“It is very personal, it is very retail. That’s really how I won,” Heitkamp said. “I just got out there and met as many people as I could meet. I told them I was for North Dakota, first and foremost, and it’s always the way it’s going to be. I think it’s how I governed or legislated since I’ve been here, and I think that’s a very strong similarity between West Virginia and North Dakota politics.” Full story
December 5, 2013
The U.S. Chamber of Commerce is launching its second TV ad this week highlighting a Republican Senate candidate’s support of the coal industry.
The chamber’s latest spot comes to the defense of West Virginia Rep. Shelley Moore Capito, who is running for an open Senate seat in the Mountain State.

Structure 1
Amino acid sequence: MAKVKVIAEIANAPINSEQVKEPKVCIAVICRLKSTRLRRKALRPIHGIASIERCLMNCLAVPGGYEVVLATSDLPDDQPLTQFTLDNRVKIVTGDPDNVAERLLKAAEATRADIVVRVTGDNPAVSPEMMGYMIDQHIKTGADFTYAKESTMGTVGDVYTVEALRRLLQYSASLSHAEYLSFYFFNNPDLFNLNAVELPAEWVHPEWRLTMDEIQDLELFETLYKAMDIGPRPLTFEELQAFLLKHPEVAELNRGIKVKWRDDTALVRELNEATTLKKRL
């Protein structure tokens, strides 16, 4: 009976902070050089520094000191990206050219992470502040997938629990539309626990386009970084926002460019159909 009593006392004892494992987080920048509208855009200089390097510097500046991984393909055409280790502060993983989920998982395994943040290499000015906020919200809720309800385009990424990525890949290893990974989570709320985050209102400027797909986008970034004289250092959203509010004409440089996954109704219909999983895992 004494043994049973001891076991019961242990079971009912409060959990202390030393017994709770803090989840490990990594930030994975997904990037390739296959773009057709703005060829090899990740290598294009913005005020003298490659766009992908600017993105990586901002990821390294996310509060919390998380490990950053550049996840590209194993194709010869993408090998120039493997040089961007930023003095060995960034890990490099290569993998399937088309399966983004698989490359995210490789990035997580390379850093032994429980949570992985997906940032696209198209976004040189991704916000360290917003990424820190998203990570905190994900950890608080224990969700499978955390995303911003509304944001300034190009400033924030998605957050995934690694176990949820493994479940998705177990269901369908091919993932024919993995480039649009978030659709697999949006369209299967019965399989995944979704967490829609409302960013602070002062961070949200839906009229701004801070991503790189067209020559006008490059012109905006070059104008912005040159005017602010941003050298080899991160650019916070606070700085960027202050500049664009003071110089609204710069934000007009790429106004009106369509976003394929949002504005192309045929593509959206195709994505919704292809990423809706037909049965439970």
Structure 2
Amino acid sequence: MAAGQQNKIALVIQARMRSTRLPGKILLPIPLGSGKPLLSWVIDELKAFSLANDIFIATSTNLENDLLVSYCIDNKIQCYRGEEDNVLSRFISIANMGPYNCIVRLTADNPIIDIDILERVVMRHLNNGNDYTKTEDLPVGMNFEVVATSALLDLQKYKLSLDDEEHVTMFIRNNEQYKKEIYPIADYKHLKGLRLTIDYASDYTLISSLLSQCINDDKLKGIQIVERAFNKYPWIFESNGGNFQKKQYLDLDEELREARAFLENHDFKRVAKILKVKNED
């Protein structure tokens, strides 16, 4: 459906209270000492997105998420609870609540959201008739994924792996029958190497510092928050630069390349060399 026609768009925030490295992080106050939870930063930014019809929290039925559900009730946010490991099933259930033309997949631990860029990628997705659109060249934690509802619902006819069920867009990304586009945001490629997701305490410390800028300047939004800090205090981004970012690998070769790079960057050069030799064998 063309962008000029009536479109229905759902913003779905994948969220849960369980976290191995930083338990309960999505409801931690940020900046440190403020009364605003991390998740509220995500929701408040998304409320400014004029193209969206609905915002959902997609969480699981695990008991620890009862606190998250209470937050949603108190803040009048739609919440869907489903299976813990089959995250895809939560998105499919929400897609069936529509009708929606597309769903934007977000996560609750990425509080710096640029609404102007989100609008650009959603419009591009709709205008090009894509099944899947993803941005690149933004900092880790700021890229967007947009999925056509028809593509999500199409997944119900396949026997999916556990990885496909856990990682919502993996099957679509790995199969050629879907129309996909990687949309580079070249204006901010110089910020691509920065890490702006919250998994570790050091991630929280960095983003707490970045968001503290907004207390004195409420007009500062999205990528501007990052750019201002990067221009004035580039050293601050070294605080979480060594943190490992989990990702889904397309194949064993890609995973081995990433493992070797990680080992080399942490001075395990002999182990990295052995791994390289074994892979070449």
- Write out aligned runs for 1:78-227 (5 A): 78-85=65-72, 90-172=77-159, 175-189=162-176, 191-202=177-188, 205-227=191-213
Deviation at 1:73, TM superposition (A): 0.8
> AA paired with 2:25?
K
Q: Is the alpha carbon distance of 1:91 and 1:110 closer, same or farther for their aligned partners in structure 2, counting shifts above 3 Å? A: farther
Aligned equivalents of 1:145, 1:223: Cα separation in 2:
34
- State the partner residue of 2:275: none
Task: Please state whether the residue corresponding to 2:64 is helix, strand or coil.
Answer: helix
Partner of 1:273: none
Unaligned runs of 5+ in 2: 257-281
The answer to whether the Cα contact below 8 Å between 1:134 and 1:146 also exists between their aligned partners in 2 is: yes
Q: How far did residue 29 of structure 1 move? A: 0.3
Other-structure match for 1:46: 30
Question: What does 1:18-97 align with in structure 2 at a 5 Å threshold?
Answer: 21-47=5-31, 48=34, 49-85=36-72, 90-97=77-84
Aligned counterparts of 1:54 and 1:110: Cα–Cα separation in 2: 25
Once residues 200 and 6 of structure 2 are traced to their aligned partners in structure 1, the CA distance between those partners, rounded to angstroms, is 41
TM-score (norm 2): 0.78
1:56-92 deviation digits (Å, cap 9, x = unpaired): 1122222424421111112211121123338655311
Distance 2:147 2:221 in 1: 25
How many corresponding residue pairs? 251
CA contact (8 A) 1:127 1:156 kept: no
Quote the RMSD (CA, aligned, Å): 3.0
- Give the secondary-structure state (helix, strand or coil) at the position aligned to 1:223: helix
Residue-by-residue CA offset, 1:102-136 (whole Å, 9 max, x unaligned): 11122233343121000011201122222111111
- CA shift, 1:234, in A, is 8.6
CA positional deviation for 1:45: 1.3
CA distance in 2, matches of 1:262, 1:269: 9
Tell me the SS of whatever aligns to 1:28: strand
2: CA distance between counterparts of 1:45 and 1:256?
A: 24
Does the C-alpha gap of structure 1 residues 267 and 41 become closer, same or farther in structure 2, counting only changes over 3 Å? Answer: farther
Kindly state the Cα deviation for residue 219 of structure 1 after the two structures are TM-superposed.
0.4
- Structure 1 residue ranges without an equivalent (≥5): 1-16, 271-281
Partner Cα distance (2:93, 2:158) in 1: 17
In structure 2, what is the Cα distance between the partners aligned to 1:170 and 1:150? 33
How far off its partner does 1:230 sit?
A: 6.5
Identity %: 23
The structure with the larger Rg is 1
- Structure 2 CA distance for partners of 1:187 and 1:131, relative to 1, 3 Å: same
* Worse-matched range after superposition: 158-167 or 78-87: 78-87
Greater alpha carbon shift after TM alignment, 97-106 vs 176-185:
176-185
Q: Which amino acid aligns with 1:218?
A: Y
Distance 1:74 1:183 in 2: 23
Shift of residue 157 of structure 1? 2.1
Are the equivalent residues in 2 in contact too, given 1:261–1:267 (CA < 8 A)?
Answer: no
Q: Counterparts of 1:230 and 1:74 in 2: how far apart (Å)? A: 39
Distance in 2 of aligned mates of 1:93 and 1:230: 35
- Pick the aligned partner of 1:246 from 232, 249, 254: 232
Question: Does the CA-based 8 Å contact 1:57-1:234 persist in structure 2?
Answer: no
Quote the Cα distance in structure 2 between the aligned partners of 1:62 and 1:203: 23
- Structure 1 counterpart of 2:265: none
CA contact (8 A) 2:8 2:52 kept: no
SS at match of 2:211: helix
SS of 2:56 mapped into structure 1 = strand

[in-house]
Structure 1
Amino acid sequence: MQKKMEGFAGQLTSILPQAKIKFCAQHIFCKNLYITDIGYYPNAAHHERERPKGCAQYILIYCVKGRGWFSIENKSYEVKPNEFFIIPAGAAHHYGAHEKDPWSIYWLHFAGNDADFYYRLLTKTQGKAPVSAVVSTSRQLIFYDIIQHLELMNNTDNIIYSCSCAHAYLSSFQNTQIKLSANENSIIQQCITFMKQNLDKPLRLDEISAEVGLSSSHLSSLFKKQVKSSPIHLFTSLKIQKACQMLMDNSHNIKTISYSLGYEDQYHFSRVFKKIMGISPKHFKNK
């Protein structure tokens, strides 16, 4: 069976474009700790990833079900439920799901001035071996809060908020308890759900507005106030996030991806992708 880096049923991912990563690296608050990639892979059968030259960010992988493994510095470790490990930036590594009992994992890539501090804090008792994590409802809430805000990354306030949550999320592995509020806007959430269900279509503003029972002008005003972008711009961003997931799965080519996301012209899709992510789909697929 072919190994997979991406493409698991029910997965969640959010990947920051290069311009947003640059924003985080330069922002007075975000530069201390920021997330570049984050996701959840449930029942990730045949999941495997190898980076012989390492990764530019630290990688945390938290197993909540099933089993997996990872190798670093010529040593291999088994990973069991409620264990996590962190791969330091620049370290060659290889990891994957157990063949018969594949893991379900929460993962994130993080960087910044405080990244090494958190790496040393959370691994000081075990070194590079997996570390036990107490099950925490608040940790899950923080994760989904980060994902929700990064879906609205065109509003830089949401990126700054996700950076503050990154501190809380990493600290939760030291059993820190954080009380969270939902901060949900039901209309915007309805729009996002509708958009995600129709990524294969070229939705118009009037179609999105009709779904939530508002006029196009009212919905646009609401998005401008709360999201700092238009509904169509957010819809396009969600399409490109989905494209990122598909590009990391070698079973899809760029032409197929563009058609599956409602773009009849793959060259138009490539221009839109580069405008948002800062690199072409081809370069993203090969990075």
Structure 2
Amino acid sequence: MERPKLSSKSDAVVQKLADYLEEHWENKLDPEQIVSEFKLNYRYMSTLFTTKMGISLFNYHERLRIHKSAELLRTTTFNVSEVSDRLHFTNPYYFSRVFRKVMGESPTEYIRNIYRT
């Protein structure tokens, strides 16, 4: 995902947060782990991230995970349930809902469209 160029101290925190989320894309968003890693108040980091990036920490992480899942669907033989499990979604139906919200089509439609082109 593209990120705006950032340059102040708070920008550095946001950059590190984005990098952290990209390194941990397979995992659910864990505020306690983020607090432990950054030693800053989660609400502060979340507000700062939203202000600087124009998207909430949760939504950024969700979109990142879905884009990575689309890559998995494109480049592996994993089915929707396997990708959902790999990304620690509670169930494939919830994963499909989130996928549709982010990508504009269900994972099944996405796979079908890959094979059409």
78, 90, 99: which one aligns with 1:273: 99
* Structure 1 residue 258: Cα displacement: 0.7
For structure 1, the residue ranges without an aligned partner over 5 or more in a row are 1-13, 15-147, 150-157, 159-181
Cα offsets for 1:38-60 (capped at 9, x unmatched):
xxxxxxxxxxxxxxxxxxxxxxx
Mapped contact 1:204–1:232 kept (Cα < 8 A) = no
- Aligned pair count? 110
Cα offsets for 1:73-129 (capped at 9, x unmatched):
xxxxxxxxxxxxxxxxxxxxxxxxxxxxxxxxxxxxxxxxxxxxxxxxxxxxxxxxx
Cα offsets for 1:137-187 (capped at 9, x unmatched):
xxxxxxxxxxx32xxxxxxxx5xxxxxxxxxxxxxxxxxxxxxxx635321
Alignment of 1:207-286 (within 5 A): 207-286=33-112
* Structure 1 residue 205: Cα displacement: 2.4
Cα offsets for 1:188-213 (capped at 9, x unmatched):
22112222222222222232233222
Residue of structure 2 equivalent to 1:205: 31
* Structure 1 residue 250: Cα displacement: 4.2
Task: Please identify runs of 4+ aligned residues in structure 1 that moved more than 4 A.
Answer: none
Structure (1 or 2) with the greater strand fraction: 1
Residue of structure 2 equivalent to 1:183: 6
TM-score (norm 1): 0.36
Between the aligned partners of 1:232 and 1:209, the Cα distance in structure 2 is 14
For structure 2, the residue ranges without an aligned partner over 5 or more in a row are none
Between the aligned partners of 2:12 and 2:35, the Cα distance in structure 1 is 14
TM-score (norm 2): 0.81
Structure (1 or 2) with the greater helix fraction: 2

October 11, 2013
Updated 4:35 p.m. | A slew of Senate candidate rainmakers released their numbers on Friday — including Minority Leader Mitch McConnell, R-Ky., and his $2.3 million haul.
Here are the noteworthy numbers to surface on Friday:
- #KYSEN: McConnell raised $2.3 million and will report just under $10 million in the bank in his latest Federal Election Commission report. His GOP challenger, businessman Matt Bevin, raised $822,000 in the quarter. Of that sum, he loaned his campaign $600,000. He had about $165,000 in cash on hand.
- #IASEN: Democratic Rep. Bruce Braley raised more than $900,000 and had $2.3 million in cash on hand, the Quad-City Times reported.
- #WVSEN: Republican Rep. Shelley Moore Capito raised about $777,000 in the third quarter and had about $3.2 million in the bank, according to The Charleston Daily Mail.